Saturday, January 30, 2010

The monkies stand for honesty

Picture the opening scene of 2001, A Space Odyssey amid some bizarre Aztec-like ruins with a backdrop of the Flinstones’ Bedrock and you come close to getting a picture of what Hampi is like. It’s an incredible landscape of gigantic boulders peppered with never ending ruins of temples and palaces. It’s heaven for anybody who likes to wander off on their own to discover. Even though it attracts a large amount of domestic and international tourists it’s incredibly easy to get away from the hoards by bike or on foot and find your own private ruins to uncover. And in Hampi town itself there is always more than enough going on in the bazaar if you are growing tired of old broken down buildings. For example we began one day by getting blessed by Lakshmie the elephant. If you put a rupee in her trunk she passes it over your head to fill you with good will or good luck or whatever it is that holy elephants wish for humans. In most probability the only thing she is wishing is to be left alone.

Along with the usual menagerie found on any Indian street, Hampi also had the most mosquitoes. We were averaging six newly discovered bites each day. Almost as ubiquitous as the mossies were the monkeys. I never get tired of seeing them no matter how many I’ve come across now. The novelty hasn’t worn off remotely. Would you like to see the monkey temple? a rickshaw driver called out to us one afternoon as we strolled along a road in Hampi. What a silly question I thought to myself. I mean who wouldn’t want to see a monkey temple? Before we knew it we were out in the countryside climbing six hundred steps on a very steep hill lined with all kinds of monkeys. Sometimes I had to wonder as the monkeys patiently watched the tourists throw bananas at them and then take photo upon photo squealing in delight every time a baby monkey wandered by – just which of us are the real monkey here?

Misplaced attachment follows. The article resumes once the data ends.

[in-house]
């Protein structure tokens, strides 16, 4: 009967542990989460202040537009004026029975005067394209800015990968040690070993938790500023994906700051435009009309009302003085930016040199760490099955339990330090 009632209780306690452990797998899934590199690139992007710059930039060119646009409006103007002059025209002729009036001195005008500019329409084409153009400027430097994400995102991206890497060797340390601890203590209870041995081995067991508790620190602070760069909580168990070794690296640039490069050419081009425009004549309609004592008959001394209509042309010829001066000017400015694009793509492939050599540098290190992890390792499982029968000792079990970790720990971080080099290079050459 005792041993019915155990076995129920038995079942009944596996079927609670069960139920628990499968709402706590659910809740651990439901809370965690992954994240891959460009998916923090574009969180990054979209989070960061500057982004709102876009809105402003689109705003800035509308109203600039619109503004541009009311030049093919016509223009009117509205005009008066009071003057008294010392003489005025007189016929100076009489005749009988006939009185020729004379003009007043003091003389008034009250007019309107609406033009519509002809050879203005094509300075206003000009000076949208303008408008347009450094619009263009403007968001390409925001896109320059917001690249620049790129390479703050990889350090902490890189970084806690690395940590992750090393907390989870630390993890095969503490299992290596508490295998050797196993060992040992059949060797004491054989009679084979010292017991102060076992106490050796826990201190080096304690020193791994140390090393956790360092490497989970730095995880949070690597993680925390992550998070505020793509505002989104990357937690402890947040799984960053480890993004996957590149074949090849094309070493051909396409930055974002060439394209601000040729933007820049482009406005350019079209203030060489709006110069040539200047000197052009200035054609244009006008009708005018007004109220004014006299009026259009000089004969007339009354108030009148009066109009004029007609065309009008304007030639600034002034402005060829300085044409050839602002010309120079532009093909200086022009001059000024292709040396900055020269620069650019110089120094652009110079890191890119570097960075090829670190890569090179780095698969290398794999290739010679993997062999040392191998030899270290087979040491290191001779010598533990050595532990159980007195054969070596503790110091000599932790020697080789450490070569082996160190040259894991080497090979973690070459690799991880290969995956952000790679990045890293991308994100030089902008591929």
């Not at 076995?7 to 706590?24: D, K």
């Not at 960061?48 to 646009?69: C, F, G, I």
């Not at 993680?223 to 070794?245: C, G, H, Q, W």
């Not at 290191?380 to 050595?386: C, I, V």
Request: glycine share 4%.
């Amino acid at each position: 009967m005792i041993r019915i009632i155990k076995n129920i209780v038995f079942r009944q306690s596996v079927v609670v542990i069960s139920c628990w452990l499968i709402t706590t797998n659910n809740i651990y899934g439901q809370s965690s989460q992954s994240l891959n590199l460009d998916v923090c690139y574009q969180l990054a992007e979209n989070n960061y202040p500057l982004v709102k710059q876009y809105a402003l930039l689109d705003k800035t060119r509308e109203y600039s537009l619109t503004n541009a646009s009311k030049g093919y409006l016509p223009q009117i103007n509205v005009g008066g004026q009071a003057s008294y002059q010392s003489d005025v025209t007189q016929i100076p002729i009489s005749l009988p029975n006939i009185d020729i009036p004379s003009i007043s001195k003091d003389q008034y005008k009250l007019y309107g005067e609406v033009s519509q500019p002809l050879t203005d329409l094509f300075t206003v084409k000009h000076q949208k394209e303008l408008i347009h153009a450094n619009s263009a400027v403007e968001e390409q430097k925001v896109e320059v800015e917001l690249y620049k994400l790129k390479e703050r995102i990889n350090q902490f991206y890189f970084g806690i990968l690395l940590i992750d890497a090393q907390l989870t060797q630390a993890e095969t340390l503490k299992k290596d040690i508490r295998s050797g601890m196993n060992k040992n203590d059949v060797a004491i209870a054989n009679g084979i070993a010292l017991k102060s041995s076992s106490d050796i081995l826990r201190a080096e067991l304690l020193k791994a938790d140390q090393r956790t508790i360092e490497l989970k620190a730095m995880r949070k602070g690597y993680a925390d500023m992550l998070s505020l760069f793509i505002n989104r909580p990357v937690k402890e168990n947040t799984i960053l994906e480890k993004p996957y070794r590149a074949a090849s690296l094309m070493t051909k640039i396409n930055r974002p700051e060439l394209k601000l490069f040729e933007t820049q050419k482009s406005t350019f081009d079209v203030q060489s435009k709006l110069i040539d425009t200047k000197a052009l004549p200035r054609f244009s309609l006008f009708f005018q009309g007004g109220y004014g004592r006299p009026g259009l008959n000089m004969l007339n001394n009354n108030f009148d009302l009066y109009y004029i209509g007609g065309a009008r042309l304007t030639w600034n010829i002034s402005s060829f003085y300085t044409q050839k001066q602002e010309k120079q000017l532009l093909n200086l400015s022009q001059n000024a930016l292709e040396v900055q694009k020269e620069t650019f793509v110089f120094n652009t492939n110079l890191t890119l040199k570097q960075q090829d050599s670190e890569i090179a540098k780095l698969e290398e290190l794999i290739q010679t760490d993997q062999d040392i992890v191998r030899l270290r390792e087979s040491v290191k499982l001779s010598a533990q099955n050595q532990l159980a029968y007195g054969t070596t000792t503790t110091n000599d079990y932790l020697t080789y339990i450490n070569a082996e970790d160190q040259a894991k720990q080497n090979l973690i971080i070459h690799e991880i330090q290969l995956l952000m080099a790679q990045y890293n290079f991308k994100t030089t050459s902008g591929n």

After three days we reckoned we had seen just about every monkey and every ruin there was in a 20 mile radius. While trying to figure out how best to spend our last few hours there we decided to sit by the river and lap up the sun. We gazed down at the usual scene of people washing themselves and their laundry. All of a sudden we spotted six elephants having their own baths right then and there amidst the usual daily life of the Hampi locals. Next to all chores being performed by humans the elephants just walked about and were being washed themselves. It was truly a stunning sight! Before we knew it it was time to leave. India had found its own perfect way to keep us entertained, bemused and in awe before it was time to start travelling again.


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